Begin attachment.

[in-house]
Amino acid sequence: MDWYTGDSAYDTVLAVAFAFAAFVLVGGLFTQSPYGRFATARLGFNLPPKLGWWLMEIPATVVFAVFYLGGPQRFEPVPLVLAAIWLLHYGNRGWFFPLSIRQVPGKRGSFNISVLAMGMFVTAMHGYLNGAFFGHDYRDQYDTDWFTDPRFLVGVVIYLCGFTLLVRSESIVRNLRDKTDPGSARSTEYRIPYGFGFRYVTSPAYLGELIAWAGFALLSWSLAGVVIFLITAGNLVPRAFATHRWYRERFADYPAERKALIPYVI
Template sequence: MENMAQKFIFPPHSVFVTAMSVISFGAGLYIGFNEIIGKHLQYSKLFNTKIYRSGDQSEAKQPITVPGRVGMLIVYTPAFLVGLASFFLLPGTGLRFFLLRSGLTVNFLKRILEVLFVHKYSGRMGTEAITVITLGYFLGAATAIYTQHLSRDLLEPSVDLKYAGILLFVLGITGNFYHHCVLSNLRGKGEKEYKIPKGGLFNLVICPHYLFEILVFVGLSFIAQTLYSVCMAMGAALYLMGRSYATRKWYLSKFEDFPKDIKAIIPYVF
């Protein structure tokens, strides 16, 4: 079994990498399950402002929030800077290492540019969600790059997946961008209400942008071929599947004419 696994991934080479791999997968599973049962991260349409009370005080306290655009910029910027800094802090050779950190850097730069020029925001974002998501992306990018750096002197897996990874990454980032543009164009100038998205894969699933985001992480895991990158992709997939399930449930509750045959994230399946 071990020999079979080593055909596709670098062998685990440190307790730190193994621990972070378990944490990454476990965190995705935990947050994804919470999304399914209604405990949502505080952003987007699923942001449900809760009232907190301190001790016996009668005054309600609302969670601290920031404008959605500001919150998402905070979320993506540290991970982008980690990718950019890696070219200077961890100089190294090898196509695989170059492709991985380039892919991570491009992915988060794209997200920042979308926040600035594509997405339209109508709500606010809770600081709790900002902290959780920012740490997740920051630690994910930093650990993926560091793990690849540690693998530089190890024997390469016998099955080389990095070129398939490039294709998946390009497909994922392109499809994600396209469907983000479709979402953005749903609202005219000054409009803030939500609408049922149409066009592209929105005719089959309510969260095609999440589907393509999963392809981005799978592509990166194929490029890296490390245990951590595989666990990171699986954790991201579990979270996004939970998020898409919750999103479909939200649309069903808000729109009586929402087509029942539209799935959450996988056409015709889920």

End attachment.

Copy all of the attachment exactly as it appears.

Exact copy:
[in-house]
Amino acid sequence: MDWYTGDSAYDTVLAVAFAFAAFVLVGGLFTQSPYGRFATARLGFNLPPKLGWWLMEIPATVVFAVFYLGGPQRFEPVPLVLAAIWLLHYGNRGWFFPLSIRQVPGKRGSFNISVLAMGMFVTAMHGYLNGAFFGHDYRDQYDTDWFTDPRFLVGVVIYLCGFTLLVRSESIVRNLRDKTDPGSARSTEYRIPYGFGFRYVTSPAYLGELIAWAGFALLSWSLAGVVIFLITAGNLVPRAFATHRWYRERFADYPAERKALIPYVI
Template sequence: MENMAQKFIFPPHSVFVTAMSVISFGAGLYIGFNEIIGKHLQYSKLFNTKIYRSGDQSEAKQPITVPGRVGMLIVYTPAFLVGLASFFLLPGTGLRFFLLRSGLTVNFLKRILEVLFVHKYSGRMGTEAITVITLGYFLGAATAIYTQHLSRDLLEPSVDLKYAGILLFVLGITGNFYHHCVLSNLRGKGEKEYKIPKGGLFNLVICPHYLFEILVFVGLSFIAQTLYSVCMAMGAALYLMGRSYATRKWYLSKFEDFPKDIKAIIPYVF
């Protein structure tokens, strides 16, 4: 079994990498399950402002929030800077290492540019969600790059997946961008209400942008071929599947004419 696994991934080479791999997968599973049962991260349409009370005080306290655009910029910027800094802090050779950190850097730069020029925001974002998501992306990018750096002197897996990874990454980032543009164009100038998205894969699933985001992480895991990158992709997939399930449930509750045959994230399946 071990020999079979080593055909596709670098062998685990440190307790730190193994621990972070378990944490990454476990965190995705935990947050994804919470999304399914209604405990949502505080952003987007699923942001449900809760009232907190301190001790016996009668005054309600609302969670601290920031404008959605500001919150998402905070979320993506540290991970982008980690990718950019890696070219200077961890100089190294090898196509695989170059492709991985380039892919991570491009992915988060794209997200920042979308926040600035594509997405339209109508709500606010809770600081709790900002902290959780920012740490997740920051630690994910930093650990993926560091793990690849540690693998530089190890024997390469016998099955080389990095070129398939490039294709998946390009497909994922392109499809994600396209469907983000479709979402953005749903609202005219000054409009803030939500609408049922149409066009592209929105005719089959309510969260095609999440589907393509999963392809981005799978592509990166194929490029890296490390245990951590595989666990990171699986954790991201579990979270996004939970998020898409919750999103479909939200649309069903808000729109009586929402087509029942539209799935959450996988056409015709889920």